The Alien Tort Statute (“ATS”) has been the subject of several US Supreme Court decisions over the past decade. To summarize its long and complicated past, the ATS is a statute that gives US federal courts jurisdiction to hear lawsuits filed by non-US citizens for torts committed in violation of international law. In recent years, plaintiffs have tried to use the ATS as a vehicle to hold multinational corporations liable for human rights violations and labor abuses committed abroad by their subsidiaries, suppliers, and other third-party business partners. These lawsuits have been largely unsuccessful, with the Court progressively limiting the scope and jurisdictional reach of the ATS to specific violations of binding international law that “touch and concern” the US, and to violations that were committed by US corporations. Thus collectively, these cases have established a presumption that the ATS does not apply extraterritorially.
Ninth Circuit Challenges ATS Precedent
However, in Doe v. Nestlé, S.A., the Ninth Circuit challenged precedent by seemingly widening the scope of potential ATS liability. In that case, former child slaves from the Côte d’Ivoire brought a class action lawsuit against chocolate brands Nestlé, Cargill, and Archer Daniels Midland. Asserting violations of the ATS, the plaintiffs alleged that they endured severe physical abuse while being forced to work without pay on the farms that supplied the cocoa purchased by the defendants. According to plaintiffs, defendants knew or should have known that the farms used child labor, and that defendants aided and abetted this misconduct by providing financial and logistical support to the farmers.
In a split opinion released in July 2019, the Ninth Circuit reversed the district court’s dismissal of the action and remanded it to allow plaintiffs to replead their ATS claim. Central to the Ninth Circuit’s decision appears to be a reliance on plaintiffs’ assertions that the defendants were more than just tangentially involved in their suppliers’ overseas activities. This is allegedly evidenced by the financial support defendants provided to their suppliers, their facilitation of supplier inspections by employees from US headquarters, and the fact that operative financing decisions were made from the defendants’ US offices. The Ninth Circuit found that such assertions are sufficient to provide jurisdiction for an ATS case to go forward.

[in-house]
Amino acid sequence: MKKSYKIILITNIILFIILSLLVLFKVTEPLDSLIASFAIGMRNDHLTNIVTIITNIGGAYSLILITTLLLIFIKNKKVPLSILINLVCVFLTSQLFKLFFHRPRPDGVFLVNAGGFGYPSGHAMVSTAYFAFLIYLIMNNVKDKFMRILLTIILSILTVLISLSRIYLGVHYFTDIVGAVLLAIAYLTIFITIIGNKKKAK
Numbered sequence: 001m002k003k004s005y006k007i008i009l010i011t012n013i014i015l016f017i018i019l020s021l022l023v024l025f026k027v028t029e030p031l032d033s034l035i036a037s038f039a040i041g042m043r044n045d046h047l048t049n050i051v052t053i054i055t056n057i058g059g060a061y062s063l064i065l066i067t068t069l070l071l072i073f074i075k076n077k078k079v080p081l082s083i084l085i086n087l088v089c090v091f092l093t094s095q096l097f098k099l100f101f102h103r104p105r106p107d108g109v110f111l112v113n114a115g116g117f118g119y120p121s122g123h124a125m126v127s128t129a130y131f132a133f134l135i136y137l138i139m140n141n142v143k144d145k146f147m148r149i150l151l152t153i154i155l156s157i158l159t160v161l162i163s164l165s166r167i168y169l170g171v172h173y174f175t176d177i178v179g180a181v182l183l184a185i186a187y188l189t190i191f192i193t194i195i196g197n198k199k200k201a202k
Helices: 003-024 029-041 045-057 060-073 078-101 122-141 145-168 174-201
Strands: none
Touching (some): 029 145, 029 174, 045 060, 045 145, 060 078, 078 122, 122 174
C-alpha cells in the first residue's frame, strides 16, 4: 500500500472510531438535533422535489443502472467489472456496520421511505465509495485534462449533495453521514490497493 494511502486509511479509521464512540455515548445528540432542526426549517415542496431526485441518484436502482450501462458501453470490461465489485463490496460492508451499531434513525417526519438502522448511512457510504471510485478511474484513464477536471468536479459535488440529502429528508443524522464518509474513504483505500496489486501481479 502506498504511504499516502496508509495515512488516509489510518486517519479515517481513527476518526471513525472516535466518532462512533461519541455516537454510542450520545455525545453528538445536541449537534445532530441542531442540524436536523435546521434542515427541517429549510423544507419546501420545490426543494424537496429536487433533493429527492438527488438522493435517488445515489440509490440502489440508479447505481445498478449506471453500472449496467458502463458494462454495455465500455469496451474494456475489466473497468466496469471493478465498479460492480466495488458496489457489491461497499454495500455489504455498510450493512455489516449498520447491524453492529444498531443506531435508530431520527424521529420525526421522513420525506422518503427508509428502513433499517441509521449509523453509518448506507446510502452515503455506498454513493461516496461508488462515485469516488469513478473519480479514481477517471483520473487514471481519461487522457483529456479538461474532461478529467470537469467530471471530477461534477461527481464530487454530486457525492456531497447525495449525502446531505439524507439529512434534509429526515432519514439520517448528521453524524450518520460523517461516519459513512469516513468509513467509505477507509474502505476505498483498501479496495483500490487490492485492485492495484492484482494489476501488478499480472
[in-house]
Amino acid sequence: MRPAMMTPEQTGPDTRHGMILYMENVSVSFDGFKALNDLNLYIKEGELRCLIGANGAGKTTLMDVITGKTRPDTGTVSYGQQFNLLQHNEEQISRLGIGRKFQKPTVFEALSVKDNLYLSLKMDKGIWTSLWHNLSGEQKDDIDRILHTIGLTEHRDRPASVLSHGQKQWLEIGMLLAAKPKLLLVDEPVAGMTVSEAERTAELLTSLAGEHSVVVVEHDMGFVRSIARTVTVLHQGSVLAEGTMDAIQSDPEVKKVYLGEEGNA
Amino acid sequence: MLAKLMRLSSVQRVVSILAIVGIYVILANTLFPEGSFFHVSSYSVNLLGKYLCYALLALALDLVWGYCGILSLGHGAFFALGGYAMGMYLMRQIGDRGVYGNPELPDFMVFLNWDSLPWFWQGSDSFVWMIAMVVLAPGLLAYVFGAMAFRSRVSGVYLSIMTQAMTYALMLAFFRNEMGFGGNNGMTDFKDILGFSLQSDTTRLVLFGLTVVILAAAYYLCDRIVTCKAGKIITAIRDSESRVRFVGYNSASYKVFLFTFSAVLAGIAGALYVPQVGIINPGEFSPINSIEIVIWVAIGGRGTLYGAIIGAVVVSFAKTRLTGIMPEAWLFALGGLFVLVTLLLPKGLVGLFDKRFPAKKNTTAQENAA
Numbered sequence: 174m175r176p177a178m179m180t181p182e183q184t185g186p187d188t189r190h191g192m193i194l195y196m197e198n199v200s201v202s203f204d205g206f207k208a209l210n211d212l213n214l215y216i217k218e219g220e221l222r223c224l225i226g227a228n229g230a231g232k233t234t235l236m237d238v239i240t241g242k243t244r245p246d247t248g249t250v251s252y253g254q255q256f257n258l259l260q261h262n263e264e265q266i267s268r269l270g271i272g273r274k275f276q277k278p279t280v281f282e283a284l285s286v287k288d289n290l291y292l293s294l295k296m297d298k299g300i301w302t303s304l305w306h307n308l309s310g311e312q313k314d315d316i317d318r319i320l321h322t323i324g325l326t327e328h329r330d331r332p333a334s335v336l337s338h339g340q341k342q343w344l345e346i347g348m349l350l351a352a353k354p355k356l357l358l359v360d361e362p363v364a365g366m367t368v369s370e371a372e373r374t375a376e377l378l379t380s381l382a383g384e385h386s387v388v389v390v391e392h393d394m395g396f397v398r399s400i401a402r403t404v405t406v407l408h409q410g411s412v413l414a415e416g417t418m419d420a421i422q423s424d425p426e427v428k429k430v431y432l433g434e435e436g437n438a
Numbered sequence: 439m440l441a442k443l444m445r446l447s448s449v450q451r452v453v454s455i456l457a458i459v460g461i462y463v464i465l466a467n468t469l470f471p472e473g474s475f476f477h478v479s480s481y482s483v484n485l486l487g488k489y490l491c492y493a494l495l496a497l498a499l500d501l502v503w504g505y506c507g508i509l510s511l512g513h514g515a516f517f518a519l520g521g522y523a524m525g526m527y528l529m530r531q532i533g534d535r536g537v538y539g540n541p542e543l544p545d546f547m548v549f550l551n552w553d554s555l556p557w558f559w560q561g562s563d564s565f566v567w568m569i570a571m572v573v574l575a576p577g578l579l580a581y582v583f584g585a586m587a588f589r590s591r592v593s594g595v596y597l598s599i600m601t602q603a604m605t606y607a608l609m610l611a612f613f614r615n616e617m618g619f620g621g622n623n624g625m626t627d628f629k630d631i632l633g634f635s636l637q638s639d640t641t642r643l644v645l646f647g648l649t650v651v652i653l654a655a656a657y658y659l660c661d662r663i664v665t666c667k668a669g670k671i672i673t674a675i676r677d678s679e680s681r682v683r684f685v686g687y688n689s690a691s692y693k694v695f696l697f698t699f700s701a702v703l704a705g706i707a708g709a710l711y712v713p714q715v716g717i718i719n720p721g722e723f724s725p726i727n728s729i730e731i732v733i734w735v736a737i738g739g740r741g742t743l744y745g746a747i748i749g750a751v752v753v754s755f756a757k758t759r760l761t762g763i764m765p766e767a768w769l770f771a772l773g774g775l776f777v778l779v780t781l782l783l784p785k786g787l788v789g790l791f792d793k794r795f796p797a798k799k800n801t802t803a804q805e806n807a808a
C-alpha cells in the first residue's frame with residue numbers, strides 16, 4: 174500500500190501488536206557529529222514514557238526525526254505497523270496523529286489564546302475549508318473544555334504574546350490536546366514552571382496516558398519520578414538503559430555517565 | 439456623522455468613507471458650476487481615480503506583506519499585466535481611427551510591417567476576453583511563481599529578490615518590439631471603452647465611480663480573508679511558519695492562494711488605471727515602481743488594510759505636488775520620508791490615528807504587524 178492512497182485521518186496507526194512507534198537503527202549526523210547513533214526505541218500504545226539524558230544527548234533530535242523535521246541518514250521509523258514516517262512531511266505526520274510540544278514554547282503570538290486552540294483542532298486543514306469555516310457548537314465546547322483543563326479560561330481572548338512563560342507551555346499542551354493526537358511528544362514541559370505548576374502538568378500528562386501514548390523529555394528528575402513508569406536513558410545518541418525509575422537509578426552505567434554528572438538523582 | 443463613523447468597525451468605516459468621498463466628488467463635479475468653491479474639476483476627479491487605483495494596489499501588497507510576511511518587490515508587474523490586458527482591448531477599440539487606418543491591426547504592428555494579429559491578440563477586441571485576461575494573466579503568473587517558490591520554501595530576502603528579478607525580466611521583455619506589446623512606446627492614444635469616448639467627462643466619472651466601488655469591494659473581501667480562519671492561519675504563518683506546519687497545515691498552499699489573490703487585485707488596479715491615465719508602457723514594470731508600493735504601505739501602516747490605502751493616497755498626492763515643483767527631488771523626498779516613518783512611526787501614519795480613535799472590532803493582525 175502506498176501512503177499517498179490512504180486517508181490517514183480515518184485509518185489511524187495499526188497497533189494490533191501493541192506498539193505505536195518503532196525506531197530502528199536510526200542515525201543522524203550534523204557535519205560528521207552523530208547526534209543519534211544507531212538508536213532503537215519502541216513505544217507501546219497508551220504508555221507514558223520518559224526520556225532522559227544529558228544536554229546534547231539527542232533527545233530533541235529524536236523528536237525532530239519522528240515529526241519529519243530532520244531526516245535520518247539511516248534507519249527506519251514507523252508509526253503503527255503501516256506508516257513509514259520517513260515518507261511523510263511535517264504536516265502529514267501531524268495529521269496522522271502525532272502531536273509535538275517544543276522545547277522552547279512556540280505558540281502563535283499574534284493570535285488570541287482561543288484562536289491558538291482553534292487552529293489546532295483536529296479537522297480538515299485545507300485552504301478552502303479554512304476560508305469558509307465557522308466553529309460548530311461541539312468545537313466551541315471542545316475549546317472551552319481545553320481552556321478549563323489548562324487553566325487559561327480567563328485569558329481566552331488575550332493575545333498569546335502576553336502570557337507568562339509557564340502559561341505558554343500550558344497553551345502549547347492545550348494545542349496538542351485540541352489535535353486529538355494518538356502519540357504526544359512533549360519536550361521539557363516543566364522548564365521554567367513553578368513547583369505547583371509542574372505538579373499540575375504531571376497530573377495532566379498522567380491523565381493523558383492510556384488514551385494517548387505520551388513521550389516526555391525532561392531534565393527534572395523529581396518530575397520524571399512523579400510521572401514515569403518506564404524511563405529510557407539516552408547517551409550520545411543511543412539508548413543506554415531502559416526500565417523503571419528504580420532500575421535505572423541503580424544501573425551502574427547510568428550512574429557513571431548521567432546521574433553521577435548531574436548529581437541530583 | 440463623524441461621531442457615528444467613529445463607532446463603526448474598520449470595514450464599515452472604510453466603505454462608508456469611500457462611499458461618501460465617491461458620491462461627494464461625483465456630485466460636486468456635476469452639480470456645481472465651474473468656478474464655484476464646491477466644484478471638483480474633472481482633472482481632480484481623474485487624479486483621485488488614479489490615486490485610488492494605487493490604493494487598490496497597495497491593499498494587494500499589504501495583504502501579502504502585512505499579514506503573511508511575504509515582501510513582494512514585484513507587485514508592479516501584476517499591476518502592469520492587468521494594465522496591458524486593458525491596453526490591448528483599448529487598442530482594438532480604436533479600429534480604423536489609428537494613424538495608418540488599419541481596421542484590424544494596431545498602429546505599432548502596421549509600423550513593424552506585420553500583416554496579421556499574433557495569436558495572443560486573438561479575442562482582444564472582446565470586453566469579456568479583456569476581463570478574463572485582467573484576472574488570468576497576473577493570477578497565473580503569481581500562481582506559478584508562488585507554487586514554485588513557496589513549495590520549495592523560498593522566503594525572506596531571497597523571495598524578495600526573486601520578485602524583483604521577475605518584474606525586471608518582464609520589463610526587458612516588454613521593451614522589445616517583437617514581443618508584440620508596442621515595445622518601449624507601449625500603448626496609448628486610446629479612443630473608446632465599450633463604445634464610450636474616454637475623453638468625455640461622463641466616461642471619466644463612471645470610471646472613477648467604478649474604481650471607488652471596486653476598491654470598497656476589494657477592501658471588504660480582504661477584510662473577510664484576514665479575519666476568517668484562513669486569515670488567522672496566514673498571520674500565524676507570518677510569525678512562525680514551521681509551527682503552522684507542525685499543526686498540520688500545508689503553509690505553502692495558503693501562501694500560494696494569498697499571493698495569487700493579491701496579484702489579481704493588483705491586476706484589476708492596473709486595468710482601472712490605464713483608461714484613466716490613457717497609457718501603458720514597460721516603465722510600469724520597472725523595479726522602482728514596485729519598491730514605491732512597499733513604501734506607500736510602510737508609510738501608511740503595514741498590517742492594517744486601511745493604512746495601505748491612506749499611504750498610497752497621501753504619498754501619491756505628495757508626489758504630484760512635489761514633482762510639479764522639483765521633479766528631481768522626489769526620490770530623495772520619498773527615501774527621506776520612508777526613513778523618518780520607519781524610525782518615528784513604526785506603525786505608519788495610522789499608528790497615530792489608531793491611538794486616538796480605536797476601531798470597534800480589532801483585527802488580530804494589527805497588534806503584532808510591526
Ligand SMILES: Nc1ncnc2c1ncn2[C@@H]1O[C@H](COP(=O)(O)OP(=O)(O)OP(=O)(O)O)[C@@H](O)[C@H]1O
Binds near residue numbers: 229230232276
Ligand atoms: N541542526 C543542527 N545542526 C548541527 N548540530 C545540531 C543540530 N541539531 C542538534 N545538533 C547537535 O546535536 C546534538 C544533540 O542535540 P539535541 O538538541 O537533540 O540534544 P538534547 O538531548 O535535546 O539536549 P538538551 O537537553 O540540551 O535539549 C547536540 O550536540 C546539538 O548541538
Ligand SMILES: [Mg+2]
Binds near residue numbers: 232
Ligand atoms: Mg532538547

SCOTUS Grants Certiorari — Implications for the Future
A few months following the Ninth Circuit’s decision, Nestlé filed a cert petition requesting review by the Supreme Court. In its petition, Nestlé argues that the conduct allegedly amounting to aiding (e.g., the financial support provided by defendants to the cocoa farms) is not enough to rebut the presumption against extraterritoriality under the ATS. More specifically, Nestlé argues that plaintiffs have failed to show that defendants acted with any purpose or intent to perpetuate child slavery, or that defendants engaged in more than “ordinary commercial transactions.”
The Supreme Court granted Nestlé’s cert petition earlier this month. This is significant, as the Court’s decision is likely to have an impact on the extent to which corporations — especially those with global supply chains — can be held liable for human rights violations and labor abuses committed abroad by their suppliers and third-party agents. On the one hand, the Court could further narrow the scope of corporate accountability under the ATS by reserving aiding and abetting as a potential theory of liability for very limited circumstances, or eliminating it as a possible theory all together. On the other hand, the Court could recognize aiding and abetting as a viable theory of liability under the ATS, and as a consequence, increase the accountability of corporations for their indirect involvement in human rights violations.
While the current Court is conservative-leaning, recent decisions highlight that it can be unpredictable, especially on key social issues. Moreover, legal regimes requiring public disclosure of supply chain compliance activities and other laws elevating the risk that companies can be held liable for violations in their supply chains continue to grow in number and breadth. As such, and to best prepare for any potential outcome in the ATS Supreme Court case, corporations with global supply chains and/or third-party agents operating in foreign jurisdictions should consider implementing a risk mitigation strategy that:
- Includes a risk-based supply chain assessment and responsible sourcing program.
- Provides management with sufficient knowledge of supplier activities, but balances the company’s overall involvement in supply chain management and audits by involving knowledgeable, reputable third-parties that abide by industry best practices in audits and related monitoring activities.
- Mandates, through an anonymous, well-communicated reporting system, the escalation of actual or suspected human rights violations, labor abuses, and other forms of misconduct by suppliers and third-party agents.
- Terminates suppliers and third-parties in instances where remediation was ineffective or would not adequately cure the violation at issue.
As we have discussed in prior blog posts, corporations must balance the liability risks of over- vs. under-engagement in their supply chain activities. Too much involvement can establish a more direct link between the corporation and the “bad acts” in its supply chains, while too little involvement may amount to gross negligence or elevate the risk of reputational harm. Nevertheless, the importance of risk-based supply chain compliance assessments continues to grow. Thus, no matter the outcome reached by the Supreme Court in response to Nestlé’s petition, corporations should adopt a balanced but effectively rigorous approach to managing and responding to supplier risks.